“Stay close to anything that makes you glad to be alive” – an old saying that Dr. Bob Hoke reminded me of often. I’ve been thinking of that today – and thinking of how easy it is to form habits, how quickly these habits become the “air” we breath. This air becomes so normal that we soon think that things have “always been this way”.
As a professional artist my job depends on my “thought systems” – the quality of my ideas and how well I’m able to communicate them. I’ve modified Dr. Hoke’s saying above to “Stay close to anything that makes you want to be creative”. My imagination is formed – fed – by my life experiences so I try to be careful what of my life experience becomes “normal”. I do not, for example, keep mint candies in my house/studio as I know I have a hard time eating just one. Similarly I purposefully create art studio habits that help me to happily achieve my goals:
- Keep favorite art supplies on hand, things I want to pick up and use.
- Leave some of the favorite art supplies or an in-progress project out on a work surface that I’ll see when I first walk into my studio. That way I get right to work.
- Keep a strict work schedule -be ruthless- decide what needs to be done/can be done within a day/work period and do it. (And no, I’m not always perfect at this – it’s a goal) At the end of each work day I make a list of what needs to be done tomorrow. This list is broken into small achievable steps like “gesso boards” – that can be easily picked up/begun.
- Keep a list of quotes, photos (etc.) that stimulate my creativity/good habits – I post these encouraging items somewhere visible. It is best if it is something that makes me smile and want to do my best.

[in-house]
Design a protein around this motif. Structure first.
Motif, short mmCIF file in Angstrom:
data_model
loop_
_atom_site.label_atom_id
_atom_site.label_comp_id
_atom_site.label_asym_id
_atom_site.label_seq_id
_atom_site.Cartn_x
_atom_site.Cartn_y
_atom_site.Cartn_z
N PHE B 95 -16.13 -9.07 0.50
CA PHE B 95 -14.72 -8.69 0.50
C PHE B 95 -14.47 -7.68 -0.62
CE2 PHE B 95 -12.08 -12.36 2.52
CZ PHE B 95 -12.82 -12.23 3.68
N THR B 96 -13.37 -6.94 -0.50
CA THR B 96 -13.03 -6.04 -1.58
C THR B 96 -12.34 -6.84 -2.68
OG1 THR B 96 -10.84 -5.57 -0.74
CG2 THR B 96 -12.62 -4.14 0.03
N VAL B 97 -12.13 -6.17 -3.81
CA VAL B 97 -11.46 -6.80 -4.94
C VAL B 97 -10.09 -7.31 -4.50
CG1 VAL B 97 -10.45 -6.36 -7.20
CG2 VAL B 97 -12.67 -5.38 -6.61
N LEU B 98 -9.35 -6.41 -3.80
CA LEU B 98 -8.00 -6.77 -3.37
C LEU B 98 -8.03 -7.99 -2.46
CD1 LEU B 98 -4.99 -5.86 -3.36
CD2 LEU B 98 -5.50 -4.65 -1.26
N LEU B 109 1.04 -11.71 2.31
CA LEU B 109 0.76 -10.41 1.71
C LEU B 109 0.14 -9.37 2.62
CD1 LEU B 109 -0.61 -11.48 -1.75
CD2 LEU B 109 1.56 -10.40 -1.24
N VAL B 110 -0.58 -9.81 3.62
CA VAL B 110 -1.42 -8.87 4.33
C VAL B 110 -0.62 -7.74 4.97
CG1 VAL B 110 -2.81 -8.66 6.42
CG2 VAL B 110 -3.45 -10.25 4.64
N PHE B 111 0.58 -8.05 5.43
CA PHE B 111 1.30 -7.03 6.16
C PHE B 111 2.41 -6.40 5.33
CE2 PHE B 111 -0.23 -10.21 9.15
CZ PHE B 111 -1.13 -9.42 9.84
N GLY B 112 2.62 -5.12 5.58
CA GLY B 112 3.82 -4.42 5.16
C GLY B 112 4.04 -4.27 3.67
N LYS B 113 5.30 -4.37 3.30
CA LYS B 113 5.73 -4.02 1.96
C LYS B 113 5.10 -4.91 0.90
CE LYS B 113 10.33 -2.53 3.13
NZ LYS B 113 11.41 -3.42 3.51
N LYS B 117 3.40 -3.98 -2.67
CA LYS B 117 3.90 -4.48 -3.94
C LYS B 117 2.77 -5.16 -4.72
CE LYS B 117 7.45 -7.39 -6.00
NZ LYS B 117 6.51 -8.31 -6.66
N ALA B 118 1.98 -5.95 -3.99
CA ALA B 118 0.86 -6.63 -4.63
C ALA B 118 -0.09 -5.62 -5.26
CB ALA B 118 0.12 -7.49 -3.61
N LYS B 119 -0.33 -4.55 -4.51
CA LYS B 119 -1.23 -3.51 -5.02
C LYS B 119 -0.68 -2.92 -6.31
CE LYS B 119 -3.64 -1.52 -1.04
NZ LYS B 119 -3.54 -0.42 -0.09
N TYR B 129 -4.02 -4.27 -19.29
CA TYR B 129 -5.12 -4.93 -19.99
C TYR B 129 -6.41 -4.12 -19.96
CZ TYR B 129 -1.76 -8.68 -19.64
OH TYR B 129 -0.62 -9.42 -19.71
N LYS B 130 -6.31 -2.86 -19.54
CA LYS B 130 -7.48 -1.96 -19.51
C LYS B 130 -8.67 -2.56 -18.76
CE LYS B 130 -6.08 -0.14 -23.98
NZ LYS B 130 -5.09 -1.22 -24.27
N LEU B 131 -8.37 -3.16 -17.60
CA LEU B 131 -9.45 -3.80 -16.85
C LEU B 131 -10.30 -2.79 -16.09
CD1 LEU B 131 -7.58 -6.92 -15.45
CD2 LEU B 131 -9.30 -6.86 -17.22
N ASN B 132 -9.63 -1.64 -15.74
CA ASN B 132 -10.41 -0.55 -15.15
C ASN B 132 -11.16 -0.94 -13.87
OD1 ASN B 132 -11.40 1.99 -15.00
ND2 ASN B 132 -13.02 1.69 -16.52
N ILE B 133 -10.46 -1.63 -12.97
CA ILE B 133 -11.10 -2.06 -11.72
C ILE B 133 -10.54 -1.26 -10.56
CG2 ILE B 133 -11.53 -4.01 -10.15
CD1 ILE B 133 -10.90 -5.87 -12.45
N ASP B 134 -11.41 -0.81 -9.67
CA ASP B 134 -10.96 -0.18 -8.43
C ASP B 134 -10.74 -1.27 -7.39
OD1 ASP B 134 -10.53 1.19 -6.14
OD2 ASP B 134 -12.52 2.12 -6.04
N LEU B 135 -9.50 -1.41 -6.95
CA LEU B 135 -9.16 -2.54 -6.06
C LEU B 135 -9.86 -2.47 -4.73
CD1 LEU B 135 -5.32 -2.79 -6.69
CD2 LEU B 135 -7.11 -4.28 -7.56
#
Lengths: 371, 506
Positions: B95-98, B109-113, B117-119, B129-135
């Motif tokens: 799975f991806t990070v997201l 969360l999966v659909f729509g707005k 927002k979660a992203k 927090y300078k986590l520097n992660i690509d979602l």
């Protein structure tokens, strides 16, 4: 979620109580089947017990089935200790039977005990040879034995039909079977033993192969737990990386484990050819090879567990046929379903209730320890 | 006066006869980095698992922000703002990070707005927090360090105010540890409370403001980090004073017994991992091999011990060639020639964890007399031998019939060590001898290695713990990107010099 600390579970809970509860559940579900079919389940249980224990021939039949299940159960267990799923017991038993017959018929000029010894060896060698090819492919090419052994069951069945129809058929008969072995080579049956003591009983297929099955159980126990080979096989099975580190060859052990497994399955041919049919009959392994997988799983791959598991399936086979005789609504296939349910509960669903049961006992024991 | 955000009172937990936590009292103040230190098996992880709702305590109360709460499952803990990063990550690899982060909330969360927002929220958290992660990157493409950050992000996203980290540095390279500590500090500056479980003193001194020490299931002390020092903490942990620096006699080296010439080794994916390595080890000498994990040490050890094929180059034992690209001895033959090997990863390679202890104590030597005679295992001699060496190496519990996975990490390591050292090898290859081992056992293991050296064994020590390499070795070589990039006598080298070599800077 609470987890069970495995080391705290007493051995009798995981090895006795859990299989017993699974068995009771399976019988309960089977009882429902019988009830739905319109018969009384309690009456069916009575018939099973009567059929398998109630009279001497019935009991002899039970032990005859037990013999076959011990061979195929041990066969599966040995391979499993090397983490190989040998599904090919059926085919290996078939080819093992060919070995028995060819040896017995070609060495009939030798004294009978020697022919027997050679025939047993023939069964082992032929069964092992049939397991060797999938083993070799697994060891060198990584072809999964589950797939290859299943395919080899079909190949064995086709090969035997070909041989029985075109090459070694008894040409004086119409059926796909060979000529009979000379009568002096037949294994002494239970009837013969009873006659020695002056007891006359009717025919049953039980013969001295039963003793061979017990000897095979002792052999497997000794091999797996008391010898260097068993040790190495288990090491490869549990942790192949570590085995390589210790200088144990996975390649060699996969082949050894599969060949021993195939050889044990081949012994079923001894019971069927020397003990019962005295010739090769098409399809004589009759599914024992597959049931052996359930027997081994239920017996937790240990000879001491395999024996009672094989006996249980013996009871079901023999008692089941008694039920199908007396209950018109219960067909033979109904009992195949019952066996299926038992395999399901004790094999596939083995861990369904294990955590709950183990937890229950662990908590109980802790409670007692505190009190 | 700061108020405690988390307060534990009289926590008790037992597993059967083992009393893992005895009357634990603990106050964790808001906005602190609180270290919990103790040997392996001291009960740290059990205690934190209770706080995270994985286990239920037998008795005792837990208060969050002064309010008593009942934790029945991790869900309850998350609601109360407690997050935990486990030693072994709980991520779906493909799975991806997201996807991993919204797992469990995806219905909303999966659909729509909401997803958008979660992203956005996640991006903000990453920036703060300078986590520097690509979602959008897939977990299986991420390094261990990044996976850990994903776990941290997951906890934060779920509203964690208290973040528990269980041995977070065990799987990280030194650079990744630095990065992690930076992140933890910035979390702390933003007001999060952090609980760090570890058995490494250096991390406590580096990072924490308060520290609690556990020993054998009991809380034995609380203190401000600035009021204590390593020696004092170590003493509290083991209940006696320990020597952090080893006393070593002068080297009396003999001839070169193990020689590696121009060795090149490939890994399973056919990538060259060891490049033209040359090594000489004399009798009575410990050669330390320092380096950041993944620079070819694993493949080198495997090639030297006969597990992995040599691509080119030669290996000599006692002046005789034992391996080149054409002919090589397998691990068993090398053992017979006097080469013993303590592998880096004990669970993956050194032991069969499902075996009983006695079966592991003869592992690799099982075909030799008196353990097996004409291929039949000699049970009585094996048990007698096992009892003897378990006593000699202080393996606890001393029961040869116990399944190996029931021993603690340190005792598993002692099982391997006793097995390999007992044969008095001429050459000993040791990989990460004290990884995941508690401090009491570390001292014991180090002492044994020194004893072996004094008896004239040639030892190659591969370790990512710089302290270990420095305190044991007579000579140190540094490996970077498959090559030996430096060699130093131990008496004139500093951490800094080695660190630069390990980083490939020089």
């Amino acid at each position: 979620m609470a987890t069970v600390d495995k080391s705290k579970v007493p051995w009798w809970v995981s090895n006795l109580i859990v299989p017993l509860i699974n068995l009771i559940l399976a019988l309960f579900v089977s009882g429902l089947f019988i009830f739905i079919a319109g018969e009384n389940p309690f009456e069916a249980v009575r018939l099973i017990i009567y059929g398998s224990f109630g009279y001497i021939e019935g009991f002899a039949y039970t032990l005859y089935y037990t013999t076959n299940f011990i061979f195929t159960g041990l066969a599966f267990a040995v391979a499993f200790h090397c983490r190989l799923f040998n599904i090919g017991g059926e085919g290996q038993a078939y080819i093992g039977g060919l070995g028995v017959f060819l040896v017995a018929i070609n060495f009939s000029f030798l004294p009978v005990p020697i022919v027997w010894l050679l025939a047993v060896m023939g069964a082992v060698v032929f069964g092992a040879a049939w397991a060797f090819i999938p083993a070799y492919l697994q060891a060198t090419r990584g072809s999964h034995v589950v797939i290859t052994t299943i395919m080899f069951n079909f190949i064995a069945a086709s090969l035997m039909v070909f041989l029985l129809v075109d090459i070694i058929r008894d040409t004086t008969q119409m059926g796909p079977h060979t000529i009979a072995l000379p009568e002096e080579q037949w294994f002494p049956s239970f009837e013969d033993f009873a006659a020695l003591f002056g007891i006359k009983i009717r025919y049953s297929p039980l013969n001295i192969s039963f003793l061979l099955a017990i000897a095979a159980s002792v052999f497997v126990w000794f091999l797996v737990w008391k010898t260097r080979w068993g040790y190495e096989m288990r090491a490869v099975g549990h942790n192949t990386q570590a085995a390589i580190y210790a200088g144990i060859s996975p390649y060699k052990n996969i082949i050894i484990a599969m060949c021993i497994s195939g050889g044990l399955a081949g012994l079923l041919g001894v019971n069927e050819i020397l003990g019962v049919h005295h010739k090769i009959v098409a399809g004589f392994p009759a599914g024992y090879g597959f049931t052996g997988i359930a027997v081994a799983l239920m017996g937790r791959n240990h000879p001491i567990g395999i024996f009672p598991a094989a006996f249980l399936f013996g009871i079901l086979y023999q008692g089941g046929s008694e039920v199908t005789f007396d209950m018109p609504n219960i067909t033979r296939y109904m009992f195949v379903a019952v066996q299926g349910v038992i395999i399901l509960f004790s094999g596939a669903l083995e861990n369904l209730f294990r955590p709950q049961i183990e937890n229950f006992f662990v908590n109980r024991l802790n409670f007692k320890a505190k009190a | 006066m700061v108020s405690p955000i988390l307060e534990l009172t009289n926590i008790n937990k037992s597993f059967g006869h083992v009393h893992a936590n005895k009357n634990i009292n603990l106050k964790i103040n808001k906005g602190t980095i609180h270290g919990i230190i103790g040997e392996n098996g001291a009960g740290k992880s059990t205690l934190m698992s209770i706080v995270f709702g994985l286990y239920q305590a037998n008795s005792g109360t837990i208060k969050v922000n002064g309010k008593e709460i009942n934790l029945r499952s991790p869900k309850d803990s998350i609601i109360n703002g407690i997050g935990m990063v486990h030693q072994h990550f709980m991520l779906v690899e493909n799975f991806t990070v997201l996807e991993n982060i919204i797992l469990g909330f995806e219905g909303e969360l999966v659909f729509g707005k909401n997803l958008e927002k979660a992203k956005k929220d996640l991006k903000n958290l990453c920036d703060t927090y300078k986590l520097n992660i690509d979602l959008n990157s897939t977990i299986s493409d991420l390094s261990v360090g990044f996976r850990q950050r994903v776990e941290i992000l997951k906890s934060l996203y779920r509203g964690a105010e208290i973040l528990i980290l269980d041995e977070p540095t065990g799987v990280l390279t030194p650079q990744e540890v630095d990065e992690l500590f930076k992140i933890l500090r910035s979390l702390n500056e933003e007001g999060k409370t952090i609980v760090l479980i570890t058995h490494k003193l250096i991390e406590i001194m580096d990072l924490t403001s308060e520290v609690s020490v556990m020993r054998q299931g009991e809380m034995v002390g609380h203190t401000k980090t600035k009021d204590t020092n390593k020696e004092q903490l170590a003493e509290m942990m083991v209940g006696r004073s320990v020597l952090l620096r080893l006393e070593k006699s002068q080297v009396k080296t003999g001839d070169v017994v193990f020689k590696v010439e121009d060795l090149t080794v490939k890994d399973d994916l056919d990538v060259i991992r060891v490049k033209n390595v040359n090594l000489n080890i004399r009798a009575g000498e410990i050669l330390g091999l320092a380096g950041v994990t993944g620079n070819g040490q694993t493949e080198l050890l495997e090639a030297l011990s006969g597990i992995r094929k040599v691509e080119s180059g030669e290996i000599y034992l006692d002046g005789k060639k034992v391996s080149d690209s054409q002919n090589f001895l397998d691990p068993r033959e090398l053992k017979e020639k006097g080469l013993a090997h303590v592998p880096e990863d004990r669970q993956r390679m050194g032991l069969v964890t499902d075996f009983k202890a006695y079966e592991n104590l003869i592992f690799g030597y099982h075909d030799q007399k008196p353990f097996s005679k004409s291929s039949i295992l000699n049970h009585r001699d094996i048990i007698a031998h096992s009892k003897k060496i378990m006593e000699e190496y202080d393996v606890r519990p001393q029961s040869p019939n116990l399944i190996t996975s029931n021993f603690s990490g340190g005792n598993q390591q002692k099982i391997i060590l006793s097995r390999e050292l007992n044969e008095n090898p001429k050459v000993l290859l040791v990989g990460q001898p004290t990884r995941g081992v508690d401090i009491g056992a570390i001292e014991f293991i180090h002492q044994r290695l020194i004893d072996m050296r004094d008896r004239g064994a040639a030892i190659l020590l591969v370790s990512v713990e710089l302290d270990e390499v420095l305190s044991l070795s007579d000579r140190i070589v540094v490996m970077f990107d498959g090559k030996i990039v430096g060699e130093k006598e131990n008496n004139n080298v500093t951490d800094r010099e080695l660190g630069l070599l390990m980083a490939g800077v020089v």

- Keep phones and other distracting items out of the studio for set periods of time. See number 3 above again. Rinse. Repeat.
- Keep a list of favorite people – think of them and make something each day with them in mind. Keep a list of favorite places, foods, music, movies, books – etc – and use them as a “guiding light” for creative efforts. (i.e. view them as a mentor, a source of encouragement, something that feeds my good wolf/your better angels, reminds me that it CAN be done.) Create habits of happiness – and happiness out of habits.
Flannery O’Connor once said “I’m a full-time believer in writing habits…You may be able to do without them if you have genius but most of us only have talent and this is simply something that has to be assisted all the time by physical and mental habits or it dries up and blows away…Of course you have to make your habits in this conform to what you can do. I write only about two hours every day because that’s all the energy I have, but I don’t let anything interfere with those two hours, at the same time and the same place.”
For me it comes down to doing my best to be aware of what I pick up and spend time on – and choosing carefully. Below is a cartoon I drew that puts this concept in another way – it’s from “Dr. Bob’s Emotional Repair Program First Aid Kit” https://store.bookbaby.com/book/dr-bobs-emotional-repair-program-first-aid-kit